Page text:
Entertainment Who’s with Manu in 2022? My Kitchen Rules is back, but the show’s biggest surprise is the co-host
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Who’s with Manu in 2022? My Kitchen Rules is back, but the show’s biggest surprise is the co-host

My Kitchen Rules
Manu awaits a decision on his co-judge: Will it be the safe inclusion of Nigella, Colin or Rachel, or be a complete surprise? Photo: TND
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After a decade of winning the reality TV ratings war before crashing and burning last year, My Kitchen Rules is set to return in 2022 with celebrity chef Manu Feildel at the table as judge of the instant restaurants.

We’re happy to hear Manu is back on the menu, but the big question is who will sit beside him?

With disgraced former co-judge Pete Evans falling into obscurity after spruiking anti-vax messages and machines (for which he copped hefty fines), the Seven network says Manu will be “joined at the head of the table by one of the world’s biggest food stars”.

“I’m very excited to return to the head of the table and share my passion for food with you all. I can’t wait to be back in Australian homes again, meeting more incredible home cooks and sharing their food dreams. Bring on 2022!” Feildel said.

He told The Daily Telegraph on December 5 he was “sad” Evans won’t be joining him, saying “there have been some international names floating around”.

“Pete and I are great mates and nothing has changed there.

“We have worked together for a very long time and I love the guy. The fact he won’t be sitting next to me is not my choice,” he said.

The choice will be up to the network, and it’s still anyone’s guess.

“I’d love to see someone like Mary Berry (former Great British Bake Off judge) with class and experience, but Seven will go for talent which is brasher, more opinionated, more likely to agree to confected drama,” one industry insider tells The New Daily.

“Nigella is a front runner – outdated, but her retro obviousness will appeal to a mass market,” the source said.

Other contenders could be UK celebrity cook Rachel Khoo, 41, who previously slipped in as a guest judge in 2016, and LA-based Australian chef and restaurateur Curtis Stone.

In happier times – MKR judges Manu Feildel and Pete Evans in 2015. Photo: Seven

What went wrong with the show?

On December 5, Seven chief executive officer James Warburton told news.com.au he was confident the redesign of the show will work, with just six couples cooking dinner parties in their kitchens.

“It was dominant for a decade, people loved it. So we’re bringing it back with a short, sharp run. We’ve shown what we can do with The Voice, so we’re confident it will work.

“It just chased a certain direction in my personal view. I sort of came on board as the last two seasons were going to air, but it chased villains and gossip and bitchiness and all that kind of stuff.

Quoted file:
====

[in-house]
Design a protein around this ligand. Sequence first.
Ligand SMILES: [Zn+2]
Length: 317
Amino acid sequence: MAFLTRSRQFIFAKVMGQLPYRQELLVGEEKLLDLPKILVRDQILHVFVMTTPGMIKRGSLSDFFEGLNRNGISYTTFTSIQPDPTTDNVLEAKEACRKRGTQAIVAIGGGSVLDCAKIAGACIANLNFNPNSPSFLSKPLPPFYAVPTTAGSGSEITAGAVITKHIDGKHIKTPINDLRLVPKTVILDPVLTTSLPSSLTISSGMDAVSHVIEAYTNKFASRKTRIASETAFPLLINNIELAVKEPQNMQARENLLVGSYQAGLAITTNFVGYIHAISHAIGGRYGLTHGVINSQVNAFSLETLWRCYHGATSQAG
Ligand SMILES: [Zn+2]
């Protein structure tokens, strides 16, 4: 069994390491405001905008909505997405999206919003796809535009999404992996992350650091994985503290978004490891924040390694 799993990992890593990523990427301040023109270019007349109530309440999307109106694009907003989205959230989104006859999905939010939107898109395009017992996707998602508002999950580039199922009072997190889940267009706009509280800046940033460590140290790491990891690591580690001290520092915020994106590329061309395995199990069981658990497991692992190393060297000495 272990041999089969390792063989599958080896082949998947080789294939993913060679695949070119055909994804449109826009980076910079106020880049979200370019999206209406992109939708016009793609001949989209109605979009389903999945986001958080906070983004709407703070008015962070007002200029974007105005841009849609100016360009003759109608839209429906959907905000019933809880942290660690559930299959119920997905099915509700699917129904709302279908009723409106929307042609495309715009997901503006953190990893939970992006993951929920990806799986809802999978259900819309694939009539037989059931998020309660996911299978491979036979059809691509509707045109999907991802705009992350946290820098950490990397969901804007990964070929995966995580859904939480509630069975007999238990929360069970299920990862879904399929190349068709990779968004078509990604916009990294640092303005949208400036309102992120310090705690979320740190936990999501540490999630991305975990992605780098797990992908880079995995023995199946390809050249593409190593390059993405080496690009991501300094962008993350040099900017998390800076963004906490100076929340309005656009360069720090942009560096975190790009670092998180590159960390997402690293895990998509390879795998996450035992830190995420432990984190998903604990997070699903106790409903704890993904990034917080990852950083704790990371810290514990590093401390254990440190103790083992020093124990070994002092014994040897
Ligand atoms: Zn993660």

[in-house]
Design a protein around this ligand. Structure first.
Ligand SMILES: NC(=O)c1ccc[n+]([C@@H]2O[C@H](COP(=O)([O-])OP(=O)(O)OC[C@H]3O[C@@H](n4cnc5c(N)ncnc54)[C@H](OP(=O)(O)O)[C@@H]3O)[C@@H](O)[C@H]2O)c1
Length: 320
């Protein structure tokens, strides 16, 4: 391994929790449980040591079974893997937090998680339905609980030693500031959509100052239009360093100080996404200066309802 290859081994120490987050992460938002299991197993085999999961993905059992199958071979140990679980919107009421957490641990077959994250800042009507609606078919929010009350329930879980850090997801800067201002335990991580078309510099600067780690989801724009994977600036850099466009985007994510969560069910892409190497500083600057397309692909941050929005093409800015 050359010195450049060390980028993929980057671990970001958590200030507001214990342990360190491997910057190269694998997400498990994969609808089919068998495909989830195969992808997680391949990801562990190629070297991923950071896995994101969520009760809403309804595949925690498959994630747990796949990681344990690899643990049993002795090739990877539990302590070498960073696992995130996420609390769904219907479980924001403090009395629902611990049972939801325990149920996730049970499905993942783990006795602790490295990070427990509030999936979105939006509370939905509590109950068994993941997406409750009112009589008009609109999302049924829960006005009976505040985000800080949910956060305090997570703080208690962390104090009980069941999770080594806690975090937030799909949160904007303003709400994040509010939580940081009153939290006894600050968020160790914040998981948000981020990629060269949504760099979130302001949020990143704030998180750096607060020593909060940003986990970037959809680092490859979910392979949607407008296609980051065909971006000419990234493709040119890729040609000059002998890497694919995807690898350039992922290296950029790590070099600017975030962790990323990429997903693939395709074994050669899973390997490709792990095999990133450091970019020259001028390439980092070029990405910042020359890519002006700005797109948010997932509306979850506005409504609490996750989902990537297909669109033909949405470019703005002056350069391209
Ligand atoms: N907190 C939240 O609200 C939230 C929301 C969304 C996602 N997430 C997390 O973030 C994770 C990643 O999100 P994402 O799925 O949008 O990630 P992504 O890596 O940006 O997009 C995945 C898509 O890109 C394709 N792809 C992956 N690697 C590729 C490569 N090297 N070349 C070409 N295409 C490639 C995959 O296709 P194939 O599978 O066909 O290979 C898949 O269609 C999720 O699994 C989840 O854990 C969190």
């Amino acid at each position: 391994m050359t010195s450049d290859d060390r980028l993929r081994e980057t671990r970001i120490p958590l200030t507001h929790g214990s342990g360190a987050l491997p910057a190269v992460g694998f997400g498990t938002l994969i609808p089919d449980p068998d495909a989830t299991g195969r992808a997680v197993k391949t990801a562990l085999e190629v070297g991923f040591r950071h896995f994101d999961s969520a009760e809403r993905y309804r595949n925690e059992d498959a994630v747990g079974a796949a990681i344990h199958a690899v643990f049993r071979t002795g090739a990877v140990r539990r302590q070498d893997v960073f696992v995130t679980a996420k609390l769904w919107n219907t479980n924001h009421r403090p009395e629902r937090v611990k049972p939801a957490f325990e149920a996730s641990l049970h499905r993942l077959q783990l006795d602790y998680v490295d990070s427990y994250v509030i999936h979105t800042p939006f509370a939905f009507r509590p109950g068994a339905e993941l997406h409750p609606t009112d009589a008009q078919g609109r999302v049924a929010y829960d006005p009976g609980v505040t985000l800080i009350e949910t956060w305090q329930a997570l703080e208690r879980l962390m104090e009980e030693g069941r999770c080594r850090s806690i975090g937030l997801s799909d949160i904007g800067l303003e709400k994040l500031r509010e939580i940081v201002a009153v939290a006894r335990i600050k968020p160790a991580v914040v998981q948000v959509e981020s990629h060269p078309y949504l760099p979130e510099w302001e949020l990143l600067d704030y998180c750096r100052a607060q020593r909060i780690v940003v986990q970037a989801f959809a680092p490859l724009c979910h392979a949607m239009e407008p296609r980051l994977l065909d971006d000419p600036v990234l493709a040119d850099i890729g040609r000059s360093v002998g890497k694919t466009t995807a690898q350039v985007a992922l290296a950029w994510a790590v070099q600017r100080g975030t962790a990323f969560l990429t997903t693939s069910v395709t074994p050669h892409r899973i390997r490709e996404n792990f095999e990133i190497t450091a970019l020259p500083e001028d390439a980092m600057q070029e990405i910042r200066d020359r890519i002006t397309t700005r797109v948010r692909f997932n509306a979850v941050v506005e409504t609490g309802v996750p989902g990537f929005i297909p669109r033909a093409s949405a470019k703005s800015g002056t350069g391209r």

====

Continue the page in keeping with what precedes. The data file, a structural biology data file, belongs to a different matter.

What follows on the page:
“(It had) really extended dinner parties. We’d blown it up to 60 episodes, so it was a massive commitment.”

The line-up of pairings will be announced some time after March, with the show still in casting mode over the next few months.

You just have to be in “a pre-existing relationship … friends, relatives, partners” – “real people cooking real food” –  and be an aspiring cook over 18 years of age by March 13.

“It’s state versus state as the beloved competition goes back to its original recipe – real people cooking real food, in their own homes, serving love on a plate to the judges and their fellow contestants,” Seven says in a statement.

“Whichever way you dice it, My Kitchen Rules is Australia’s favourite cooking show, adored by millions.

“We can’t wait to serve the nation more of what they love: Real food, real people, cooking from the heart,” says the network’s programming director Angus Ross.

“It was the biggest show on TV for many years and we’re taking it back to its roots. We don’t want to give away too much right now, but it will be the original and the best My Kitchen Rules, reinvented for 2022,” he said.

Icing on the cake. Feildel holds aloft the coveted Logie award for best reality television program in 2014. Photo: AAP

When MKR started in 2010, it was among the highest-rated programs on Australian free-to-air television, winning a Logie award in 2014 for Most Popular reality program.

The Evans debacle and the hyped drama in 2018 between contestants Sonya and Hadil (who were kicked off the show for alleged bullying), saw the ratings plummet to just over 400,000 viewers.

Feildel’s return is somewhat of a surprise, with many in the industry claiming the show was dead in the water in May last year.

But after he finished his very short stint on SAS Australia, throwing in the towel after a harrowing ‘Death by Drowning’ task, he’s back where he belongs, ditching military exercises for Saturday night dinner parties.

Bon appetit, Manu!

My Kitchen Rules is back on Channel 7 and 7plus in 2022